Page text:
Loomis Chaffee - Review #15
About the Author:
|College Enrolled||Amherst College, Brown University Graduate School|
|Home Town, State||Farmington, CT|
|Years Attended Boarding School||3|
|Activities During Boarding School||I played varsity volleyball, basketball and lacrosse, and went on to play four years of varsity lacrosse in college. On another note...during my senior year at Loomis, my Shakespeare teacher (who also heads the theatre program) encouraged me to write and perform my own autobiographical one-person show. Thank goodness, too! If Mr. Kosanovich hadn't identified my propensity for the theatre during that very last semester, I never would have ended up where I am now -- earning my MFA in acting at the Brown University/Trinity Rep Consortium. I'm going to Broadway, baby!|
1.) What do you think makes your school unique relative to other boarding schools?
Loomis excels at surrounding each student with an extensive network of adults who are all interested and invested in that particular student's life and development. As a boarding student, I had a dormhead and two other live-in dorm faculty who were around all the time. We also had a different faculty member "on duty" each weekday night for study hall, which added five more adults into my immediate circle of influence. Furthermore, I had several academic teachers in any given term, as well as my coach and assistant coach each season. Each of these faculty members interacted with me in a different venue and therefore influenced different aspects of my development in his or her unique way. I wasn't aware of it at the time, but virtually every moment of my Loomis Chaffee experience was guided by one adult or another who subtly encouraged me, always, to be my "best self". Also, on another note, the campus is simply gorgeous. I can't imagine many other students enjoy such idyllic surroundings.
2.) What was the best thing that happened to you in boarding school?
As I worked through undergrad and now continue through graduate school, I have realized more and more how formative my years at Loomis were. I still carry many academic lessons with me -- the strength of my writing, for example, or my ability to speak conversational Spanish. More importantly, though, I realize that Loomis really did inspire in me a "dedication to the best self and the common good". Here is one small, but telling, example: my dorm head for two years ALWAYS picked up litter if she saw it on the campus. It was a small lesson, but she wanted us to take pride in and responsibility for our surroundings. Now, as I walk to my graduate classes here in Providence, I find myself reaching down to pick up an errant wrapper or styrofoam cup, specifically because of this one woman's influence.
3.) What might you have done differently during your boarding school experience?
I wouldn't change a thing. My Loomis experience was exceptional, and I look back with complete fondness. I know that makes it sound like I drank the Kool-Aid, but I didn't! It's all true. I simply had a great time. For kids going to boarding school, make sure that you are open minded to meeting all different kinds of people. If you reach out, your experience will be much richer. Also, make sure you have a good sense of self discipline. There will be plenty of people around to encourage you and help you develop good work habits, but ultimately your success will depend on your own efforts.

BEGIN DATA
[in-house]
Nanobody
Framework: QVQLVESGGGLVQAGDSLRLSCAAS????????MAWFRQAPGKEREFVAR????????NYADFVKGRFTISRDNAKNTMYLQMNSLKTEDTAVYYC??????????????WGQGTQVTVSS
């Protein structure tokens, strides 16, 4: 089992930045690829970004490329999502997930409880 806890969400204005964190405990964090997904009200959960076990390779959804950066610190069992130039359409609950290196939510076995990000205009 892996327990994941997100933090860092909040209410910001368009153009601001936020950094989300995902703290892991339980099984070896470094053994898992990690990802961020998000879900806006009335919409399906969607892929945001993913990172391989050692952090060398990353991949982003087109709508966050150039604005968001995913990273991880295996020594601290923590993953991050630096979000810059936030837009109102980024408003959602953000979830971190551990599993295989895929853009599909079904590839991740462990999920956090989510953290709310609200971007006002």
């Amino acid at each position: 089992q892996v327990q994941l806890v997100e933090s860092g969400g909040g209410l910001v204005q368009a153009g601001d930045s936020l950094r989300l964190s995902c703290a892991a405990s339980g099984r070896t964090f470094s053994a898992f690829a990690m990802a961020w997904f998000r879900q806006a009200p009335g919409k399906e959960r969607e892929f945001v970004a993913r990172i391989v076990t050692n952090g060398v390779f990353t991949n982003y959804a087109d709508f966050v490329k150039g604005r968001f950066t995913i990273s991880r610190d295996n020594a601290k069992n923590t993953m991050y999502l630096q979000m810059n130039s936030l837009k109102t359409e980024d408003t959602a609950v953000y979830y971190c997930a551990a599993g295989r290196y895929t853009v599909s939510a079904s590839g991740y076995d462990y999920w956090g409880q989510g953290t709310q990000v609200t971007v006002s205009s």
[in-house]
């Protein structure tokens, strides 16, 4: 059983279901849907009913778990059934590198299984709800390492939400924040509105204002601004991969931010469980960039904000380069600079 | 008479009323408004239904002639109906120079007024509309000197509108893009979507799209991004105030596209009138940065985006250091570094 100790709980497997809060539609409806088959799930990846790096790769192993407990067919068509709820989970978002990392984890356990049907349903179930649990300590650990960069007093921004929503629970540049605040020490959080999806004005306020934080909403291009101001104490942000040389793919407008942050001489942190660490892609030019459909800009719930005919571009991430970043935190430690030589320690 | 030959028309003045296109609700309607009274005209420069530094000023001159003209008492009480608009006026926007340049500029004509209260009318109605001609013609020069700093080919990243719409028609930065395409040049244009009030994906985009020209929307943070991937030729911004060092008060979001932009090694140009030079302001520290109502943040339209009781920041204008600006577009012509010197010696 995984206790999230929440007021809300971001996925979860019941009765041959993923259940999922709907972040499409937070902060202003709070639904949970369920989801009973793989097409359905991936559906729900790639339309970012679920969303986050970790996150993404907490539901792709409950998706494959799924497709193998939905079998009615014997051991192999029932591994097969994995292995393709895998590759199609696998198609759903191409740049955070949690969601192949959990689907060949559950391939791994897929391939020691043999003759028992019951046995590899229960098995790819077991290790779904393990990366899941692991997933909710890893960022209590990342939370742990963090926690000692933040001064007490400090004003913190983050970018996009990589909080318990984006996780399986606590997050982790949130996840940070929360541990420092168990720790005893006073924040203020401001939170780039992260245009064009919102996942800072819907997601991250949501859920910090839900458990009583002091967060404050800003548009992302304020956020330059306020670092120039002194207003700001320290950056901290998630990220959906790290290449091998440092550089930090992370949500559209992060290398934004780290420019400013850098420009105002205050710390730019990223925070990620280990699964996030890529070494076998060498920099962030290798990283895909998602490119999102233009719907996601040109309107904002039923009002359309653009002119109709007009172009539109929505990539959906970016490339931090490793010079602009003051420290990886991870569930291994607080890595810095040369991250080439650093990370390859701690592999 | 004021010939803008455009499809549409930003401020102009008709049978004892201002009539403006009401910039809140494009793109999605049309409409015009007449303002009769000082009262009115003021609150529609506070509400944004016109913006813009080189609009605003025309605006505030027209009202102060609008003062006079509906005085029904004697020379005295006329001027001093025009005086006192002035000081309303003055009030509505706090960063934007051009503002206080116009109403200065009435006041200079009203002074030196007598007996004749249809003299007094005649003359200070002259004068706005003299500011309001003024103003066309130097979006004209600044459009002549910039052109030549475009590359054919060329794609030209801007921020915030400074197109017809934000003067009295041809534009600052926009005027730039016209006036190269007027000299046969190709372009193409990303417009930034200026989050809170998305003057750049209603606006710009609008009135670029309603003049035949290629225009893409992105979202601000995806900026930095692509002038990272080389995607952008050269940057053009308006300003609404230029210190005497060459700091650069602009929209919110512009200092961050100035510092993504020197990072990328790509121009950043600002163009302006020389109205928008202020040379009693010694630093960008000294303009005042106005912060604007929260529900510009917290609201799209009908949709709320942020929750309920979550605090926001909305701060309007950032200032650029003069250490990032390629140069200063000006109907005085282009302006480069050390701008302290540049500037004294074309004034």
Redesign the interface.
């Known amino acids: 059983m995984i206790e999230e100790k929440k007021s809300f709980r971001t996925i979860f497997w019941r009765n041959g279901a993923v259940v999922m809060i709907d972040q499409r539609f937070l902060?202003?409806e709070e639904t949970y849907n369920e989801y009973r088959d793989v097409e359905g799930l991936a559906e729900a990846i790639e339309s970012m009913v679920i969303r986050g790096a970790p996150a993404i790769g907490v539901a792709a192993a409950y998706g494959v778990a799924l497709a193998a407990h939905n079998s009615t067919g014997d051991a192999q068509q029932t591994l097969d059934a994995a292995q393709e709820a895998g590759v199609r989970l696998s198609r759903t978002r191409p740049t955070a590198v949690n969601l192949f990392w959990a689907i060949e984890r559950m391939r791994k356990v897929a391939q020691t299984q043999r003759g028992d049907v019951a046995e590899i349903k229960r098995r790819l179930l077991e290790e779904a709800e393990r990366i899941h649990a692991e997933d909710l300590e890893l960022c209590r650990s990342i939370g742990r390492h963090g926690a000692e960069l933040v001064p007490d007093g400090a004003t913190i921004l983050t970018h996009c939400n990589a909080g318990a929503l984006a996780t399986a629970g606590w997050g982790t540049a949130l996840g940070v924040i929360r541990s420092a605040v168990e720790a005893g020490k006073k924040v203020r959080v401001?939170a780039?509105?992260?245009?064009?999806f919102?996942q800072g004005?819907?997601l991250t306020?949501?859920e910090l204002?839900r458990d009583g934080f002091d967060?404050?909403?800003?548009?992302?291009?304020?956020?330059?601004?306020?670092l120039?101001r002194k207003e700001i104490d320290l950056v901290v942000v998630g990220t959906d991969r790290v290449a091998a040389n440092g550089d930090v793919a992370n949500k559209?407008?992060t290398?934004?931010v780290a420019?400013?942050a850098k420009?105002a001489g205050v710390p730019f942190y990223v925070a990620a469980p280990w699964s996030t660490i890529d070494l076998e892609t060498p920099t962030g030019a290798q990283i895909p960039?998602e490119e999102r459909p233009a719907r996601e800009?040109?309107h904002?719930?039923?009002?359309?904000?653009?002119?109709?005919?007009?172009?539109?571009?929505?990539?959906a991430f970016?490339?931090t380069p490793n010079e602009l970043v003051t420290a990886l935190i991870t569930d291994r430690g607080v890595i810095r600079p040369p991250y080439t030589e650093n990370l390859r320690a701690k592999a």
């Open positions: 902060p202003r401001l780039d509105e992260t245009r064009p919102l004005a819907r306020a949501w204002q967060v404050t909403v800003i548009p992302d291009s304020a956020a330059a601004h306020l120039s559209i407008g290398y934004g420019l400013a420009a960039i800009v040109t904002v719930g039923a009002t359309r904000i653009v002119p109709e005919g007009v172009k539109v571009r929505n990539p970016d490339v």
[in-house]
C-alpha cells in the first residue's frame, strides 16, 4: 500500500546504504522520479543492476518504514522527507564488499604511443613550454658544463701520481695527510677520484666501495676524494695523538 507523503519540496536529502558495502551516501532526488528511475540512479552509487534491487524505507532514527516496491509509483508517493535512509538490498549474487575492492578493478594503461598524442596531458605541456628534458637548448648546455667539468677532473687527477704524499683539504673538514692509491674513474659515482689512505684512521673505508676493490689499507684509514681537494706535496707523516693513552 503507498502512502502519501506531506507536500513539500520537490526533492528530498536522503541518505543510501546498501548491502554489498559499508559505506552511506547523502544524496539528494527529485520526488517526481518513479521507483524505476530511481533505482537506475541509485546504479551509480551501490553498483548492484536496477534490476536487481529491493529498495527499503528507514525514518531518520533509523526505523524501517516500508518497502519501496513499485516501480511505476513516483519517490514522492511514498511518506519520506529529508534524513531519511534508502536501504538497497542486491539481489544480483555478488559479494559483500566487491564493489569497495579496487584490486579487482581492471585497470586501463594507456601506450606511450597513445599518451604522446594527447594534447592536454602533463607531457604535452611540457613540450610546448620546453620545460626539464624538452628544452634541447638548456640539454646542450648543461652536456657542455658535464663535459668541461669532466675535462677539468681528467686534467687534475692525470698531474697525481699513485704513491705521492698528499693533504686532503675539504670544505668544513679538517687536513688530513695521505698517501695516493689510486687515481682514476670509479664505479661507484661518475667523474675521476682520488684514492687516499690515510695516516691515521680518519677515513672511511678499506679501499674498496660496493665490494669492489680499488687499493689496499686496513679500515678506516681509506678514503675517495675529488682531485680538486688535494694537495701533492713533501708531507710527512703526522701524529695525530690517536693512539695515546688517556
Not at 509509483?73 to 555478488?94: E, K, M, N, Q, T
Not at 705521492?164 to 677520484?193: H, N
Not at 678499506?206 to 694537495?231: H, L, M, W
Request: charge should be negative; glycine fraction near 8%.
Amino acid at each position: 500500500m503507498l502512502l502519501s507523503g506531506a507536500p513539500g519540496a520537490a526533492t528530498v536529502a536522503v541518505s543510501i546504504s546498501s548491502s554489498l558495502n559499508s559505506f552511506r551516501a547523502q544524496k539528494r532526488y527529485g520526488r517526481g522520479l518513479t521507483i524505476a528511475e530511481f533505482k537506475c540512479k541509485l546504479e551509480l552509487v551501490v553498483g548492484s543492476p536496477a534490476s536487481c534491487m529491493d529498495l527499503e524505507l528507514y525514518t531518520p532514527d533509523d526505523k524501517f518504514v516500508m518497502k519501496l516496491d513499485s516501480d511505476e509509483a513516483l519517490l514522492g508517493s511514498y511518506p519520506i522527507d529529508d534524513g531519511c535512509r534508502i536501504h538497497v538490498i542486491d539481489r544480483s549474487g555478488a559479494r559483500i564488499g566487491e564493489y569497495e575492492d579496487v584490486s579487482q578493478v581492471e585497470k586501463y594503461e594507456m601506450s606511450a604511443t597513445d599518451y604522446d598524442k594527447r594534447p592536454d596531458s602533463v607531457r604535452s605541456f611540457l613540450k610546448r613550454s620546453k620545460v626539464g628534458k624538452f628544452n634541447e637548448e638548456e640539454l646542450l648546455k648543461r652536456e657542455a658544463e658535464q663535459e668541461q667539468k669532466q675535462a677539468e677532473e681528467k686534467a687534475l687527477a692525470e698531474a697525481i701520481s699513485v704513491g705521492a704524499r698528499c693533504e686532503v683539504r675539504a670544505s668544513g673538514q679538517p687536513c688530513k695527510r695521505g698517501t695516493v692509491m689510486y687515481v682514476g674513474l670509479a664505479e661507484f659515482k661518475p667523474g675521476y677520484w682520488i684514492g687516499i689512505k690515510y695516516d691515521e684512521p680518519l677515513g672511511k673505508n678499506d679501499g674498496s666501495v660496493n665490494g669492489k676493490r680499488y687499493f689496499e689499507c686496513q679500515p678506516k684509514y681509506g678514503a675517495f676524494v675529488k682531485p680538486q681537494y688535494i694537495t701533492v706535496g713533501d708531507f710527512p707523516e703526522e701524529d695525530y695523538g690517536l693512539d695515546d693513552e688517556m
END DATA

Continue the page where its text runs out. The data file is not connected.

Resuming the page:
4.) What did you like most about your school?
I liked the spirit of the school the best. We were intellectually curious, but not elitist. We were competitive, but had great sportsmanship. We were encouraged to excel, but were always taught that excellence of character was more important than simply making good grades. We came together on one campus, but were drawn from hundreds of different backgrounds. We were pushed to be our best selves, but were given the freedom to be our unique selves.
5.) Do you have any final words of wisdom for visiting or incoming students to your school?
If you go in the fall or the Spring, ask to see the fields behind the hockey rink. They are a gorgeous and well kept secret. No matter what, ask to look out over the Meadows. You will be reminded of how small you are, and how big the Universe is. Also, if there's only one building you can walk through, choose Founders Hall. It has great character.
1.) Describe the academics at your school - what did you like most about it?
The English curriculum at Loomis Chaffee is TOP notch. In addition to developing critical reading and analytical skills, our English teachers focused intensely on developing our facility with writing. The rigorous standards they held me to did more than enough to prepare me for the academic challenges I faced in college. In fact, between you and me, there were some mediocre papers I handed in at Amherst that I never would have DREAMED of handing in to my AP English teacher at Loomis!
1.) Describe the athletics at your school - what did you like most about it?
I loved playing sports at Loomis. My coaches always encouraged me to work my hardest, but also emphasized that teamwork, leadership and sportsmanship were much more important than competition. That being said, we certainly enjoyed winning! One of my favorite memories of Loomis was leading the lacrosse team to an undefeated season my senior year.
1.) Describe the arts program at your school - what did you like most about it?
Please scroll up to the "Activities" section to read my comments on the theatre program. I will use this space to comment on my participation in two semesters of photography class. Mr. Rabetz took great care to teach us all the demanding techniques of developing photographs the "old fashioned" way (i.e. on film, in a darkroom, etc. No computers!). Looking back, I am blown away by the quality of the facilities we had the privilege of working in. Furthermore, I realize that Mr. Rabetz first inspired in me a sense of passion and respect for creative work. I am no great photographer, that is for sure, but as I pursue my artistic career in the theatre I carry with me this sense that what I choose to focus on and create should demand my utmost attention, care and respect.